Large Tortoiseshell Butterfly

Scientific Name: 

Nymphalis polychloros

Synonyms: 

Blackleg Tortoiseshell, The Greater Tortoiseshell, The Elm Tortoiseshell, The Elm

Description

Large orange butterfly that is thought to be extinct and occurs only as a rare migrant. Larger and duller colourings than Small Tortoiseshell and lacks white spot in corner of forewing.

Confusion Species: 

Small Tortoiseshell

Wingspan: 

Male: 68-72 mm, female: 72-75 mm

Log Book Number: 

1594

Authority: 

Linnaeus, 1758

Lifespan: 

Several months (overwinters as the adult butterfly).

Distribution: 

This large, mobile butterfly is now seen very rarely and is thought to be extinct in Britain. Sightings in recent years are thought to be of released or escaped individuals, or migrants from continental Europe.

Habitat: 

In mainland Europe (and in the past in Britain), clearings and the edges of mature deciduous woodland are favoured, as are lines of trees, for example along hedgerows, avenues in parkland, and wooded lanes. Willows are usually abundant at breeding localities and their flowers are the main nectar source for adults emerging from hibernation.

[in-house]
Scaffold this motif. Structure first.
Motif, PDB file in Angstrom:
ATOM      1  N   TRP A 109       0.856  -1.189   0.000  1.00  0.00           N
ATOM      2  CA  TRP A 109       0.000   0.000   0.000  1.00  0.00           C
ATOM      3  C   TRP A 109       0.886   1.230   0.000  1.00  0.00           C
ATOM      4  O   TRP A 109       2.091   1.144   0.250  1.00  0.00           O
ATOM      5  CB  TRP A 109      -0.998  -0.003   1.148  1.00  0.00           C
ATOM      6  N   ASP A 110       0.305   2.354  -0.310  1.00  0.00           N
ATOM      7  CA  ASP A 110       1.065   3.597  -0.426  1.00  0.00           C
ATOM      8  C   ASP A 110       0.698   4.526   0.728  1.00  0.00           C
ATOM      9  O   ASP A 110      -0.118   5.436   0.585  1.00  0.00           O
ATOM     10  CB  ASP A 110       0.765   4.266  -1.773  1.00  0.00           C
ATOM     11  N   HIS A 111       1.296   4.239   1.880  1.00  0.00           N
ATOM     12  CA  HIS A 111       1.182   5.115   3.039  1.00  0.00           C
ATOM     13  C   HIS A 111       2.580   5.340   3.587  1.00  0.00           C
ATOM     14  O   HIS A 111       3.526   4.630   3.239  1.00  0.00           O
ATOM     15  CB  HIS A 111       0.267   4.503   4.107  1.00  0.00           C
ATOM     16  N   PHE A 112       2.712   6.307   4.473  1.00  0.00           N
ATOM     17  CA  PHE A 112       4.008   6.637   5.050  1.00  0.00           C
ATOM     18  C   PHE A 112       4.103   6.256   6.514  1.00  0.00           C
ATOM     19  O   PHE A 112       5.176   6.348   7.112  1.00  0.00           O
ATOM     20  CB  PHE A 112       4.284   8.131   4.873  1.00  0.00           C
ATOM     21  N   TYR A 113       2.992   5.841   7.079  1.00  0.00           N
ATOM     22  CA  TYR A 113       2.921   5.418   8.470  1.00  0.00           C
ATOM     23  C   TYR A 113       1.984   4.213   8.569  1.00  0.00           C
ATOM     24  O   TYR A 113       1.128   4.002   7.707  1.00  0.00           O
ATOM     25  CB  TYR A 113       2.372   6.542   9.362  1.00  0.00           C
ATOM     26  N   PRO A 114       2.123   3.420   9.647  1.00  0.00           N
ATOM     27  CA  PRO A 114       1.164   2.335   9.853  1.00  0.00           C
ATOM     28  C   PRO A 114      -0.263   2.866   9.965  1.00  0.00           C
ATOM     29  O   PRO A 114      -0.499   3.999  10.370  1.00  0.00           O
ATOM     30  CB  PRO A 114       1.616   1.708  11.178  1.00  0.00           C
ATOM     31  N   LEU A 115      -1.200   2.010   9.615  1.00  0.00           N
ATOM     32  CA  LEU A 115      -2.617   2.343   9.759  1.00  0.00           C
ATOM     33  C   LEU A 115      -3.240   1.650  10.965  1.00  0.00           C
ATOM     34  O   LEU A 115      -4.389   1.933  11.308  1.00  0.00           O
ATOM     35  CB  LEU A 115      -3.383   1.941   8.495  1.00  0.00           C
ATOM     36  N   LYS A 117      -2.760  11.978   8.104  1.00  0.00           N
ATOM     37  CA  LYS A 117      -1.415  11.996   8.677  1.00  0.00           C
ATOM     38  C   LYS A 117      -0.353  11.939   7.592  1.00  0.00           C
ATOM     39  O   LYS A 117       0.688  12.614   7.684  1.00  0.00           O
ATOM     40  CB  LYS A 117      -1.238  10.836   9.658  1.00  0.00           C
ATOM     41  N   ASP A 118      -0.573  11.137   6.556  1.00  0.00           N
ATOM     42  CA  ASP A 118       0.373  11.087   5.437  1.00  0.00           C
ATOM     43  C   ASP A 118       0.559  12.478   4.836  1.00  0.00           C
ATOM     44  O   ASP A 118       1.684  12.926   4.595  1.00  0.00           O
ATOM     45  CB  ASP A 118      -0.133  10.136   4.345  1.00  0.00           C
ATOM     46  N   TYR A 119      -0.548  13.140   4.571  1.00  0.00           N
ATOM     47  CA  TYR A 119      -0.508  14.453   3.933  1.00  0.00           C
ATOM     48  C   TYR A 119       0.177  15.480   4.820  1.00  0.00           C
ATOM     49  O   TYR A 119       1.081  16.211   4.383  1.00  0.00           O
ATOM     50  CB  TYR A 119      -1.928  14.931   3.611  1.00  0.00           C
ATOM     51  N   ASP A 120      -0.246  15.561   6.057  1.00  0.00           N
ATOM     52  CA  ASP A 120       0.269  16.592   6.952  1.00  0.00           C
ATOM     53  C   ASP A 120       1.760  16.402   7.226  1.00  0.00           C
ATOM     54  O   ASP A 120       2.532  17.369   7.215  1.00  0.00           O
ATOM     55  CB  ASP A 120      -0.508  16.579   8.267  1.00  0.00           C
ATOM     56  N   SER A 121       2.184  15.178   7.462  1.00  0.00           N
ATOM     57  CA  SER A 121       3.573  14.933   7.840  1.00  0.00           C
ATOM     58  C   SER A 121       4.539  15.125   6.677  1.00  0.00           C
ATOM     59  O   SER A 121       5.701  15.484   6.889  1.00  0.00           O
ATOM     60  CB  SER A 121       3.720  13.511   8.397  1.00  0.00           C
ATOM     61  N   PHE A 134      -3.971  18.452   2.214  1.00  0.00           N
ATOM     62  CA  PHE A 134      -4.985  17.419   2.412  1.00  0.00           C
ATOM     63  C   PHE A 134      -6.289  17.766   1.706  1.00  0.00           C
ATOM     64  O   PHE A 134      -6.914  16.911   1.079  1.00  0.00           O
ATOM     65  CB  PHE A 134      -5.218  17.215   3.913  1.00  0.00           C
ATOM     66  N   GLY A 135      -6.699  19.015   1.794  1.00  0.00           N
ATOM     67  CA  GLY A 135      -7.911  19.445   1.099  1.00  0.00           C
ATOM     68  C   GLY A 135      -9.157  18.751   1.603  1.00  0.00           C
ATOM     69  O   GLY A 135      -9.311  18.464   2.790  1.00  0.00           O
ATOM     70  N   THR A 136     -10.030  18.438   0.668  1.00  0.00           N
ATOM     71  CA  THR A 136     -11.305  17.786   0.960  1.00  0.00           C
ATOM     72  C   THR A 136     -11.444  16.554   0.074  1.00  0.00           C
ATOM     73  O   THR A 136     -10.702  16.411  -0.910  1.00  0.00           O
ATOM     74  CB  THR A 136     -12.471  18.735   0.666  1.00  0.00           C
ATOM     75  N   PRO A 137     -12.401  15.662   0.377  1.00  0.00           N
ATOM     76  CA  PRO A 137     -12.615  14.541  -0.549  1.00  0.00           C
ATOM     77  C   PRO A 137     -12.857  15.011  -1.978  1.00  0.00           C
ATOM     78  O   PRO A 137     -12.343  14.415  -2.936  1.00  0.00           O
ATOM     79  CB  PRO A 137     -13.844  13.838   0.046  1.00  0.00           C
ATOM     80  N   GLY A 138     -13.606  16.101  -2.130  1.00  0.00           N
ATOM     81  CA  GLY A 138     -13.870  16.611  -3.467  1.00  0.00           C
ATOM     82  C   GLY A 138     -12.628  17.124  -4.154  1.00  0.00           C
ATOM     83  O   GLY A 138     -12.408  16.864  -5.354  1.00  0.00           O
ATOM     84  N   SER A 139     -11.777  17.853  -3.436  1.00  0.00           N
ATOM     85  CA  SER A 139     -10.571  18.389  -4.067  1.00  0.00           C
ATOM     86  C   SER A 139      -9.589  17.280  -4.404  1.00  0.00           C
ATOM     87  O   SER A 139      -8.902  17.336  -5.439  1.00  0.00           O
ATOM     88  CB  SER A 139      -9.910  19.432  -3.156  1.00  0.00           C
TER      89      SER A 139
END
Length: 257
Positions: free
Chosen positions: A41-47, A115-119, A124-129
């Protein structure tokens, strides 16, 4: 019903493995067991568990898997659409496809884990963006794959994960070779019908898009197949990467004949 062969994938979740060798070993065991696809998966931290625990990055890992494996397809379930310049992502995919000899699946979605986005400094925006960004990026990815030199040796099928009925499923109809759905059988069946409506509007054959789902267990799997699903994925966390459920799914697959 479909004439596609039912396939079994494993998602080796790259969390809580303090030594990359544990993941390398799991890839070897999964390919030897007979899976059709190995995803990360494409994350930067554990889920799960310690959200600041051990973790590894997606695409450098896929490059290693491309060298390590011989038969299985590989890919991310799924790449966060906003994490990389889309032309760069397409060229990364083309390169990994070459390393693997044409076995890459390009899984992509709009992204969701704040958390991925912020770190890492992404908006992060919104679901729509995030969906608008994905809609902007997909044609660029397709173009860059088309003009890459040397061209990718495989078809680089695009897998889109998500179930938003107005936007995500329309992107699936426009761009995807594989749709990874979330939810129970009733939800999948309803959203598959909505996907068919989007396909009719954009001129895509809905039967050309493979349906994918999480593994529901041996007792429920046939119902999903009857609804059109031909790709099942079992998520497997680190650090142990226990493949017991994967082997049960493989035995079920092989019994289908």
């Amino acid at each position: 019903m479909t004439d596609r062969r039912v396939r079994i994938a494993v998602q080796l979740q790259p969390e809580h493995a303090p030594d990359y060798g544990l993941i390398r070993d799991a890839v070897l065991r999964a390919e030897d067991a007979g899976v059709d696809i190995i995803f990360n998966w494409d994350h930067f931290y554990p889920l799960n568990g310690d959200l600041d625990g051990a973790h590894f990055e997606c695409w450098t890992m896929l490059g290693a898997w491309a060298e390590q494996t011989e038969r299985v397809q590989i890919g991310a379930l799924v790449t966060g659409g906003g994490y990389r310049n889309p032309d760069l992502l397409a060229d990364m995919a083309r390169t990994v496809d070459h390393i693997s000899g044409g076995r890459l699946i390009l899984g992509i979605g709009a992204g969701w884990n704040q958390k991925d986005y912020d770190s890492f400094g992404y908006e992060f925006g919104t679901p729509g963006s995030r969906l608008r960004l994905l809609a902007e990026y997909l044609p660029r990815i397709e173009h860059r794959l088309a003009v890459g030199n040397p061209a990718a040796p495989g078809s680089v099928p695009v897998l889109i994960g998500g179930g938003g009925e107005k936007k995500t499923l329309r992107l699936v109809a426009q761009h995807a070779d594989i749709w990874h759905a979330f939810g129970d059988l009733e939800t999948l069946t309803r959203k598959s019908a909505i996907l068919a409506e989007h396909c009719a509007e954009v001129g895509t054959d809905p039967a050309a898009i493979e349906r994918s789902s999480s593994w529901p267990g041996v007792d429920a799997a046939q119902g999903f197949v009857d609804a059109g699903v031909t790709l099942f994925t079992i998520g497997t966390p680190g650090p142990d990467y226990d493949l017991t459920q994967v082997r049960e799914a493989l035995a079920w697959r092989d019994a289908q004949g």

Diet: 

Elms are the main food plants, especially Wych Elm. Other trees may be used in the wild, including Willows, Aspen, Poplars and Birches

Status: 

UK Biodiversity Action Plan: not assessed Butterfly Conservation Priority: high (if re-discovered) European threat status: not threatened

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Species: 

A. Nymphalis

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